“The idea that we would have so much talent to support the health of children in a neighborhood that had some of the worst health outcomes for children—that was our call to action,” said Elizabeth Gonzalez Suarez, Vice President of Community Life at The Community Builders.
The Community Builders (TCB), a nonprofit housing developer and manager, turned to the Cincinnati Health Department and Cincinnati Children’s Hospital to forge a partnership aimed at reducing infant mortality in Avondale and improving the healthy development of its children from birth to age six.
This initiative, known as Avondale Children Thrive, will include a smoking cessation component and a new full-service grocery store. But its cornerstone is a corps of community residents who provide neighbors in TCB’s nine Avondale properties with evidence-based coaching on maternal and child health and support in connecting to resources for their families. The innovative approach grew from the realization that Avondale mothers and expectant mothers did not see the medical community as their primary source of health information, said Gonzalez Suarez.
“They trusted the advice of friends, family members, and neighbors more than they trusted medical institutions,” she explained. “Avondale Children Thrive transfers the expertise from established institutions to the residents who already have the trust of the neighborhood.”
The initiative launched in late 2017 with a $250,000 two-year grant from the BUILD Health Challenge. Jodi Cunningham, project manager for Avondale Children Thrive, has recruited six neighbors so far by word-of-mouth who were active in the community to serve as “Health Champions.” The partners train them on best practices for safe sleep, breastfeeding, early literacy, quality preschool enrollment, and maintaining client confidentiality. Each Health Champion earns a $200 monthly stipend for 15 hours of work. As of late spring, the six Health Champions served 26 families. The goal is to hire five more this summer, and within two years, to meet all 89 families in TCB Avondale properties with children aged 6 years and younger.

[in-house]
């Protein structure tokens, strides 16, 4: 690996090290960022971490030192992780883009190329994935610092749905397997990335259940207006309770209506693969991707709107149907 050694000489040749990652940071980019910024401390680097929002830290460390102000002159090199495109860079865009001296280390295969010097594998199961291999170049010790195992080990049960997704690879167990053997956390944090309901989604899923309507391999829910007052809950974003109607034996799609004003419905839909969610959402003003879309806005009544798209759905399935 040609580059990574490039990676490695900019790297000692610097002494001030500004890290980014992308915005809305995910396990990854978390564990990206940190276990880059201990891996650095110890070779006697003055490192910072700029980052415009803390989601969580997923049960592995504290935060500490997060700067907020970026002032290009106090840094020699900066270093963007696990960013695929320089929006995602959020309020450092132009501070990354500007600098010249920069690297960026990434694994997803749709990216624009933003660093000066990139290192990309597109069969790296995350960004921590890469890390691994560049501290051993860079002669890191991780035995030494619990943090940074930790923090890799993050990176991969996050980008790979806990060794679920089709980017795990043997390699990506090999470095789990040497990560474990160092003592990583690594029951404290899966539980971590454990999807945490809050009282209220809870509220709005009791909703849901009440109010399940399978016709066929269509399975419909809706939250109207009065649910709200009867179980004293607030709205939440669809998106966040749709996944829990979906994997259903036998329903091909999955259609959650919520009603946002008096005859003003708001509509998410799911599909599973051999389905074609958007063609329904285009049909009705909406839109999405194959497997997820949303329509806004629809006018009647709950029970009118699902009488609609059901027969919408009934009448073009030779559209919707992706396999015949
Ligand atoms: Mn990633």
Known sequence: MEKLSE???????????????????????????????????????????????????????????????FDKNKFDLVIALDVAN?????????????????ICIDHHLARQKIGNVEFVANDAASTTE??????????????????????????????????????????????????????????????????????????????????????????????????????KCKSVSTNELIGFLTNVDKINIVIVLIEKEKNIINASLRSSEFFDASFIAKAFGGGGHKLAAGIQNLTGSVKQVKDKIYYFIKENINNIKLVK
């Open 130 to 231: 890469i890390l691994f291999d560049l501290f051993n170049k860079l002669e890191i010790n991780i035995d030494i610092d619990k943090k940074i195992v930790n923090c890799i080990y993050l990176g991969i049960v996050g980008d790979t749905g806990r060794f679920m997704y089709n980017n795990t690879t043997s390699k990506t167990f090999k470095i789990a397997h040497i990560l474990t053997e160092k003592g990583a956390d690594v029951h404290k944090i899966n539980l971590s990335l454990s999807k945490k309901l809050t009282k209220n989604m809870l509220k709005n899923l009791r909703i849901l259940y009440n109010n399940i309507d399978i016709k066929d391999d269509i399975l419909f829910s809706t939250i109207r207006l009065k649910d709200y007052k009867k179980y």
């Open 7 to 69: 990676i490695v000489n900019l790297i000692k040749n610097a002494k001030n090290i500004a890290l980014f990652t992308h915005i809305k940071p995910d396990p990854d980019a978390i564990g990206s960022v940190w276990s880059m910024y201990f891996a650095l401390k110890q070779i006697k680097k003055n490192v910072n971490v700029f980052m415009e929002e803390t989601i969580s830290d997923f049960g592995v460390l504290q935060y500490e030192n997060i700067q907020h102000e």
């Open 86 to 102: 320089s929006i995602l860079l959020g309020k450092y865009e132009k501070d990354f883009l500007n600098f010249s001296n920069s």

Because the program is led by The Community Builders, a housing provider, it enjoys a huge advantage in client recruitment, Cunningham said: she has contact information for all 200 families in TCB’s Avondale properties, and knows the age of each child. Contacting potential clients begins with a phone call from a Health Champion requesting a visit. So far, the response has been overwhelmingly positive Cunningham noted.
If the mother is receptive, “we knock on the door with a welcoming gift and an intake form, and ask if they feel comfortable filling it out,” said Health Champion Jeneya Lawrence. “We tell them about who we are and what we do and how we can help them.”
Expectant mothers get special attention. Lawrence asks if they’re interested in breastfeeding. If so, they’re referred to a breastfeeding support group run by a doctor at the children’s hospital. If not, she shares the benefits of breastfeeding and provides them with materials on the topic. Expectant mothers also receive coaching on infant sleep safety and are eligible to receive a free crib from the Cincinnati Health Department and a “safety bundle” from the children’s hospital with baby gates, window latches, doorknob covers, and more. For all clients, Cunningham maintains a robust directory of community resources to draw on.